Needing a certain amount of Council votes to pass, the bill barely makes it onto the 2011 ballot
Last nights ‘Showcase Baltimore’ was a fitting piece on the City Council’s agenda as several young men and women adorned the Clarence Du Burns chambers to highlight and celebrate their talents as a part of the Council President’s ‘Baltimore Idol’ styled talent showcase.
Not long after, the Baltimore City Council members, twelve in all, ended up passing CB11-0634, the Lower the Age bill, from 2nd reader to 3rd reader on the same night; and then passing the historic legislation on final passage to be placed on the November 8th General Election ballot. The IMPAC (Independent Movement Political Action Committee) backed bill – which would lower the age requirement of those running for city council from the current age of 21-years of age to eighteen years old – barely got enough votes to ensure the measure passed in time to make it onto this year’s ballot.
“Talk about passing something at the 11th hour, this legislation almost did not make the deadline,” said the bill’s sponsor 3rd district councilman Robert ‘Bobby’ Curran. “This bill makes sense and is long overdue, therefore I certainly want to thank the Council President for allowing it to pass from 2nd to 3rd reader on the same night, and for all those council members who made sure it pass through the chambers tonight and allowed it to be sent to the voters this fall!”
The youth related legislation, which was sponsored to ensure fairness in the electoral process, as eighteen year olds can register to vote and vote for elected officials, while also defending this country and possibly dying for the protection of America’s safety; was delayed since its original introduction in January. After realizing the deadline for placement on this year’s election ballot was fast approaching, organizers of the bill asked the chairman of the committee – in which the bill was referred – to call for an immediate hearing on the popular bill. After its public hearing, even the Chairman of the Judiciary and Legislative Investigations Committee, Councilman Jim Kraft changed his mind and decided to sign onto the bill.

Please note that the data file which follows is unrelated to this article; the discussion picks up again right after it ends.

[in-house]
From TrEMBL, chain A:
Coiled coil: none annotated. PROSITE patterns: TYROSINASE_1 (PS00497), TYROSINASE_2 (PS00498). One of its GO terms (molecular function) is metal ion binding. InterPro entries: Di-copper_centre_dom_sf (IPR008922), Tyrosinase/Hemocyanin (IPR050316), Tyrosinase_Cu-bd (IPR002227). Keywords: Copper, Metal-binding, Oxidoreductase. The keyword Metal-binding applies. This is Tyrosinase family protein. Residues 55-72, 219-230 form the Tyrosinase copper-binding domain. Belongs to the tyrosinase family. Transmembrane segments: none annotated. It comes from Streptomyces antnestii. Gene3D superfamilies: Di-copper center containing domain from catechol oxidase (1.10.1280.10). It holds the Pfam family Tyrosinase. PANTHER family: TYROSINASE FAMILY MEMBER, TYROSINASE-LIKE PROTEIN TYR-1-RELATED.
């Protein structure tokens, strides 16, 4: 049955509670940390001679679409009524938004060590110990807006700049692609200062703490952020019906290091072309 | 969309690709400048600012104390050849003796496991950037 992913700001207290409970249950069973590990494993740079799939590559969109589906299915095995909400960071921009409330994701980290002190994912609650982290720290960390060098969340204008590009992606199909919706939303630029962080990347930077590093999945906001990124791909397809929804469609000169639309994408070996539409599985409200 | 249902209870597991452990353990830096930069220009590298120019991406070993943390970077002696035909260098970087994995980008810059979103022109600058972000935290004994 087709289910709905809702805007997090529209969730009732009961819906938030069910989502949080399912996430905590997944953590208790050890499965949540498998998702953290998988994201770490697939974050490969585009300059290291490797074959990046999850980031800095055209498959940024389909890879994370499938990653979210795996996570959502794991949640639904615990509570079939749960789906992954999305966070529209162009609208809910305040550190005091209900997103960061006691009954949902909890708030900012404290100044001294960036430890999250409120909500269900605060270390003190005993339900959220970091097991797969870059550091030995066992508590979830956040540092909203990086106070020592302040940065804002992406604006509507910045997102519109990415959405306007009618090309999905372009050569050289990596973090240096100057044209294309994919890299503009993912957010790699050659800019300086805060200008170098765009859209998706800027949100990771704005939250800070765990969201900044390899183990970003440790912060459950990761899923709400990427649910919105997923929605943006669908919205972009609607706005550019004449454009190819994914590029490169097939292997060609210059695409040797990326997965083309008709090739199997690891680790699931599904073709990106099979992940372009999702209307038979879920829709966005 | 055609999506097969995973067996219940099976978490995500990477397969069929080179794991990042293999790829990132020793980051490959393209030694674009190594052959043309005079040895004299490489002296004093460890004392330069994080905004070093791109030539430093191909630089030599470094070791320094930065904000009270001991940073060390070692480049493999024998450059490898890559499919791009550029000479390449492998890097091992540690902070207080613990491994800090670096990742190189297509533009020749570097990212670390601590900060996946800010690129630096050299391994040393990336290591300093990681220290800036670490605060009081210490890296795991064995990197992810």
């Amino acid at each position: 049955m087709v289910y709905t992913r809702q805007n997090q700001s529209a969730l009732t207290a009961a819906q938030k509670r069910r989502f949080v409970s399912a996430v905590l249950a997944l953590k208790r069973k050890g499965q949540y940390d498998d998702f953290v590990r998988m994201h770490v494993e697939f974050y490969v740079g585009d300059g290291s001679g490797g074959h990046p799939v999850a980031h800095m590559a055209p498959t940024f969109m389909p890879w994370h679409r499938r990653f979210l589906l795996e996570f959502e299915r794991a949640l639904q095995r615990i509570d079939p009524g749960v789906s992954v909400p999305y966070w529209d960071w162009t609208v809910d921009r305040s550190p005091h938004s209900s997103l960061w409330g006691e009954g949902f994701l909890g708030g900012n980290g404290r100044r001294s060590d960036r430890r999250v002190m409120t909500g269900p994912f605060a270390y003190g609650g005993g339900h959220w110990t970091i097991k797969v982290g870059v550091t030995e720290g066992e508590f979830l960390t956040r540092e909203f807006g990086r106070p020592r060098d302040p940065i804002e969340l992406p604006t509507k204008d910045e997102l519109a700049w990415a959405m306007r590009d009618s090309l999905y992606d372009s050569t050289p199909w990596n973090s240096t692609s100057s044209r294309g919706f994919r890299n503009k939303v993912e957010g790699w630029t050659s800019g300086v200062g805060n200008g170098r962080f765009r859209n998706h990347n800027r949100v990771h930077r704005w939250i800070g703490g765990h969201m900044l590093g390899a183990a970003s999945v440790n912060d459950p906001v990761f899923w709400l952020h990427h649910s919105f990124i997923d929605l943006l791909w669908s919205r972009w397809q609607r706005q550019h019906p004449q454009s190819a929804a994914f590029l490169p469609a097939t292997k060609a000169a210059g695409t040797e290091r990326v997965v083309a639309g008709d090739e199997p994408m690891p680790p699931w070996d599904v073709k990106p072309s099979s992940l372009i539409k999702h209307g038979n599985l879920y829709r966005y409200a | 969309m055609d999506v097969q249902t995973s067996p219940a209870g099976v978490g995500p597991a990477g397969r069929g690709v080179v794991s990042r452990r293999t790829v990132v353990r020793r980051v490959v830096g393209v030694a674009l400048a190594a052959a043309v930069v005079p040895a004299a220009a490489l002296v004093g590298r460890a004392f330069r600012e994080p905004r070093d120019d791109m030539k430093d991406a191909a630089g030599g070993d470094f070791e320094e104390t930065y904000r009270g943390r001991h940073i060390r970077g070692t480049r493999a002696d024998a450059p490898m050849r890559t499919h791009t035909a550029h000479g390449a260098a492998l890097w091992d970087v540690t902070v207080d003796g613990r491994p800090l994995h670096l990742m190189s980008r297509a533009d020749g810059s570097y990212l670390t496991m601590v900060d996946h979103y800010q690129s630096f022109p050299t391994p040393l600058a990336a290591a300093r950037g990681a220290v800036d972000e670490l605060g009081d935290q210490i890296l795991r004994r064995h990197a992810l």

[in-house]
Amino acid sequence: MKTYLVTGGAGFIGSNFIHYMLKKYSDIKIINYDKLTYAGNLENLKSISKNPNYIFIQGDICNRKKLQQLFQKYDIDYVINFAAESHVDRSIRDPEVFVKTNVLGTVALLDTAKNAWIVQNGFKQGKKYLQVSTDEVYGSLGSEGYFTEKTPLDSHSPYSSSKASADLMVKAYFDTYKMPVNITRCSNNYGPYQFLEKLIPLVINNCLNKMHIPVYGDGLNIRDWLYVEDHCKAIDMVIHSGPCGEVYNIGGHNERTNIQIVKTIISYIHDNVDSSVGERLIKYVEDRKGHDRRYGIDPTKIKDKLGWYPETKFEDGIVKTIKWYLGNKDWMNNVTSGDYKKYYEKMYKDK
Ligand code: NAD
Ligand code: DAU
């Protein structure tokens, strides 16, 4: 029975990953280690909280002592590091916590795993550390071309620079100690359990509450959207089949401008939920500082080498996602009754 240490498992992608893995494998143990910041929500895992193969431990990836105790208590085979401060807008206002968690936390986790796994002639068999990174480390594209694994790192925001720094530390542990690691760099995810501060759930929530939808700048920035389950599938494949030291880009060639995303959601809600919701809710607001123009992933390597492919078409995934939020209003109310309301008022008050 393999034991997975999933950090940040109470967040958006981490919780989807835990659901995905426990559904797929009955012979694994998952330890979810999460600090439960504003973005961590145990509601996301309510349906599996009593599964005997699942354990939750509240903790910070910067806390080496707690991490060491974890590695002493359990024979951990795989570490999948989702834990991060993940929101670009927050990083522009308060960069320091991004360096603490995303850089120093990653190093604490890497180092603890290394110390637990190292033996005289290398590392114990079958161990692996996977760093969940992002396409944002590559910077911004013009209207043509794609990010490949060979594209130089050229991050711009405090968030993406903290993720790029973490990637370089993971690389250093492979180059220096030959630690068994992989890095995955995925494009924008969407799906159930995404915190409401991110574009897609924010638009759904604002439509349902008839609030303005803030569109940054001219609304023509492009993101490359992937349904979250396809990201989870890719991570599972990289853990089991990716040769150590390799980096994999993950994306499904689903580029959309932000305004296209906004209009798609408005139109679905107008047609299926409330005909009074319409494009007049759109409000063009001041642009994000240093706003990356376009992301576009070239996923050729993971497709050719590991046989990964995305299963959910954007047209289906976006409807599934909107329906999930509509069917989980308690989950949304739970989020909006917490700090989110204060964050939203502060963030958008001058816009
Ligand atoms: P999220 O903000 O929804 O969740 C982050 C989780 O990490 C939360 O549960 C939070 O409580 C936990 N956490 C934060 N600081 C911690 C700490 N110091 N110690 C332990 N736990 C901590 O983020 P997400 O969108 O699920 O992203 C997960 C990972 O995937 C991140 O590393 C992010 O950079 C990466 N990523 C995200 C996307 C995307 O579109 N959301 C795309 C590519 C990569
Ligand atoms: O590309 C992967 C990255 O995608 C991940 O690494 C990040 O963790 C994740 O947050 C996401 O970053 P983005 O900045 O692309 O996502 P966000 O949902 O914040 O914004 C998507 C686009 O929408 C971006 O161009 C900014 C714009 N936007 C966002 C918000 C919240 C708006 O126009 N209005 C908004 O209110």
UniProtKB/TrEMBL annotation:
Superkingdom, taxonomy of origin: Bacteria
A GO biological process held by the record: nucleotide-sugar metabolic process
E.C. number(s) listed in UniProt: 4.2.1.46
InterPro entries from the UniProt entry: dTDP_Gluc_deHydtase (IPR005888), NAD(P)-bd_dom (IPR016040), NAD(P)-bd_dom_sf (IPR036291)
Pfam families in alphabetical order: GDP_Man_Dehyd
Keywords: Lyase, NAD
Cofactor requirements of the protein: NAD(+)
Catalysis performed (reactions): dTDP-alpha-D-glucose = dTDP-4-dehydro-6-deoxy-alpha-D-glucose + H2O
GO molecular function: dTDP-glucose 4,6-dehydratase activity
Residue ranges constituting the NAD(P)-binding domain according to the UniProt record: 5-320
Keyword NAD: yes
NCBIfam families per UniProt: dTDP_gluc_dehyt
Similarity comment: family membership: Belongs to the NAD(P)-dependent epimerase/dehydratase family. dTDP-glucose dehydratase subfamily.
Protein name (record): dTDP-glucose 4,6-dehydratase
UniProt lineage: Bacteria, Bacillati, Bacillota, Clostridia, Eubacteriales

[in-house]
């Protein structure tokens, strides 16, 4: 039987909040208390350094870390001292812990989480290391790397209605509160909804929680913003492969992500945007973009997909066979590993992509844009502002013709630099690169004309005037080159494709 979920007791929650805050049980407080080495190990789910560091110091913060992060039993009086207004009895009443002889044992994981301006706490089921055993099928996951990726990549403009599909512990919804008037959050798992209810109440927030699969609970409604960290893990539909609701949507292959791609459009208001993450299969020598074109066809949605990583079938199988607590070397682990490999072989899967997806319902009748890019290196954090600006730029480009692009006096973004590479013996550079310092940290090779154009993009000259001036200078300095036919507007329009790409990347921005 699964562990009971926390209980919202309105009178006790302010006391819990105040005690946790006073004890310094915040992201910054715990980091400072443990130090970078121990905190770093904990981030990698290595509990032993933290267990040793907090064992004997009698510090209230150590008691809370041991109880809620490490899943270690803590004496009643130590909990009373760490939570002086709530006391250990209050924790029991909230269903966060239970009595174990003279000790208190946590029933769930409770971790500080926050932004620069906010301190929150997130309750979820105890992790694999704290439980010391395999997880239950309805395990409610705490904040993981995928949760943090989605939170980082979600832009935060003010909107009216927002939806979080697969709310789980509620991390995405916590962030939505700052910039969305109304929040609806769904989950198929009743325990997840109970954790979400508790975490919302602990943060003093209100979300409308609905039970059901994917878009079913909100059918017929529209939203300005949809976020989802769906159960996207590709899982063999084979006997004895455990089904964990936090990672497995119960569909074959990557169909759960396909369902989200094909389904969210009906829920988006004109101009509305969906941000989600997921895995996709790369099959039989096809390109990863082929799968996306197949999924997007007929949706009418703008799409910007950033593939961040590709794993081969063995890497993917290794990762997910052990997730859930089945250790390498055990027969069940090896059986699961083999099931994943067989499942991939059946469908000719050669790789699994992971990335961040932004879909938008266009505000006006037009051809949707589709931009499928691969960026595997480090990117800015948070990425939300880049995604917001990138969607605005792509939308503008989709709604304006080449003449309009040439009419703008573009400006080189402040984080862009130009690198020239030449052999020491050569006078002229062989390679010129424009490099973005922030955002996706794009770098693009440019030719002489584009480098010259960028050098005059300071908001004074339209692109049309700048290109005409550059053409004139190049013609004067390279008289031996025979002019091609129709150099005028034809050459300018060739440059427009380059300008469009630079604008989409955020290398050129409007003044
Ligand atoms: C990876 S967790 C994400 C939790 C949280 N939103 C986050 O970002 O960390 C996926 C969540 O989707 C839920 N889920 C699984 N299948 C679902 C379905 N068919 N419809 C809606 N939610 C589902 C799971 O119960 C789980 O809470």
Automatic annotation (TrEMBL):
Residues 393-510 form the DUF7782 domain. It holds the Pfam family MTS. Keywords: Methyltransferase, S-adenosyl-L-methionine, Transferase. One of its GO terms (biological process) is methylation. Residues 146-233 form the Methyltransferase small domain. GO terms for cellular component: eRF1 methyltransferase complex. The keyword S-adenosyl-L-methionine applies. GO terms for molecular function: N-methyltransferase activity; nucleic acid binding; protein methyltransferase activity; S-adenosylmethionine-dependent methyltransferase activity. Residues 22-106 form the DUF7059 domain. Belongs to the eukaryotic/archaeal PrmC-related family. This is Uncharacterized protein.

After realizing there would only be one council hearing before the Board of Election’s deadline for ballot questions, the bill’s sponsor and organizers began stepping up their lobbying efforts to ensure that the bill was passed in last night’s council meeting. Receiving assurance from a majority of the council, three council members were absent last night based on their attendance at the Maryland Conference of Counties (MACO); thereby leaving exactly 12-members left to pass this vital legislation – which is the exact number of votes it needed to be passed from second to third reader in the same meeting according to CC Rule 12-1. However, at the Council’s usual luncheon the day of each council meeting, Councilwoman Mary Pat Clarke, one of the bill’s co-sponsors, led the ‘Council Whip’ efforts in making sure each council member knew the importance of their attendance at the night’s council meeting.
Other legislation last night caused some eyebrows to be raised and even rubbed some the wrong way; such as the Resolution introduced by 1st District Councilman Kraft, which called on the Council to support the Maryland General Assembly’s push for Gay Marriage in the next Legislative Session. The state legislation which failed to pass through the House of Delegates this past session, after being passed by a majority of the 47-member State Senate chambers; seems to now have the public support of Governor Martin O’Malley, who called upon legislators to pass it last session – though not publicly! Now, with his brother Peter, Chief of Staff for Mayor Stephanie Rawlings-Blake, making a rare appearance at last night’s council meeting, it was evident that this resolution was by order of the outgoing Governor – who is said to being push such an effort based on the recent passage of Same Sex Marriage in New York.
The timing was questioned by many who realized that this resolution was introduced and passed in 2008 by Councilman Bill Henry, which went under the radar as the support for such controversial legislation was not nearly what it is today. “This makes no sense, they [City Council] pass meaningless resolutions which mean absolutely nothing in ensuring the passage of such state legislation,” said one community resident in attendance at last night’s meeting. “If they want to show me their support, let me see you in Annapolis personally lobbying for the passage of the bill during the next session in 2012?”
However, opponents of such measure assured this Examiner that this legislation is welcomed by their colleagues, as they are confidant that any same sex marriage legislation passed in Maryland will be defeated through ballot initiative, especially based on the number of signatures that was easily gathered for a less controversial bill – the College Tax Breaks for Illegal Immigrants. “If the legislation is passed by the Maryland General Assembly during the next legislative session, and is placed on the ballot by signature ballot initiative, Maryland will then have two very unpopular bills on the ballot during the November Presidential Elections,” said a key conservative organizer who was a leader of the recent ballot initiative in Maryland. “We welcome such unpopular legislation on the ballot, as it does nothing but help push our base out to the polls in November, making President Obama vulnerable in a true blue state like Maryland!”
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